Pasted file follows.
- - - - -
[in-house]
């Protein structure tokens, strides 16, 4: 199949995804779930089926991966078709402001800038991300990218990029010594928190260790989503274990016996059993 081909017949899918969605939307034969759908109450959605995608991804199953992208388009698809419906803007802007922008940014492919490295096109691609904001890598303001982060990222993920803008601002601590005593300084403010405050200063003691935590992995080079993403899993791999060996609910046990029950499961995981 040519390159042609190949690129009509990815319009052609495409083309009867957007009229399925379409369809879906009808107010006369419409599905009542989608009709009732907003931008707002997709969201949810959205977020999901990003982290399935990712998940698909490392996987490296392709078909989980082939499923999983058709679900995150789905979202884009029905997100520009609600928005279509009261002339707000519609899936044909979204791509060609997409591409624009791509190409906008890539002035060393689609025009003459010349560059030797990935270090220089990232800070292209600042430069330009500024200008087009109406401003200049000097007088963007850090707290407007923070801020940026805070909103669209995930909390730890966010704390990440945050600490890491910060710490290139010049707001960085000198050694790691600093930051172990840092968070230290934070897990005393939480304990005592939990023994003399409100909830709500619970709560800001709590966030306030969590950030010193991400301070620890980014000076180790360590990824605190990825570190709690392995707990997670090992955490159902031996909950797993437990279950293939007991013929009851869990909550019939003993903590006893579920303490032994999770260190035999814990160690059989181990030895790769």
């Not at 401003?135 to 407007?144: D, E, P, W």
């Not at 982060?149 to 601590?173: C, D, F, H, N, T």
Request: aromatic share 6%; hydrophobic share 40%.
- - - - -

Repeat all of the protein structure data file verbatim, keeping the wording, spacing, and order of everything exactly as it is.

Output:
[in-house]
């Protein structure tokens, strides 16, 4: 199949995804779930089926991966078709402001800038991300990218990029010594928190260790989503274990016996059993 081909017949899918969605939307034969759908109450959605995608991804199953992208388009698809419906803007802007922008940014492919490295096109691609904001890598303001982060990222993920803008601002601590005593300084403010405050200063003691935590992995080079993403899993791999060996609910046990029950499961995981 040519390159042609190949690129009509990815319009052609495409083309009867957007009229399925379409369809879906009808107010006369419409599905009542989608009709009732907003931008707002997709969201949810959205977020999901990003982290399935990712998940698909490392996987490296392709078909989980082939499923999983058709679900995150789905979202884009029905997100520009609600928005279509009261002339707000519609899936044909979204791509060609997409591409624009791509190409906008890539002035060393689609025009003459010349560059030797990935270090220089990232800070292209600042430069330009500024200008087009109406401003200049000097007088963007850090707290407007923070801020940026805070909103669209995930909390730890966010704390990440945050600490890491910060710490290139010049707001960085000198050694790691600093930051172990840092968070230290934070897990005393939480304990005592939990023994003399409100909830709500619970709560800001709590966030306030969590950030010193991400301070620890980014000076180790360590990824605190990825570190709690392995707990997670090992955490159902031996909950797993437990279950293939007991013929009851869990909550019939003993903590006893579920303490032994999770260190035999814990160690059989181990030895790769």
């Not at 401003?135 to 407007?144: D, E, P, W």
């Not at 982060?149 to 601590?173: C, D, F, H, N, T």
Request: aromatic share 6%; hydrophobic share 40%.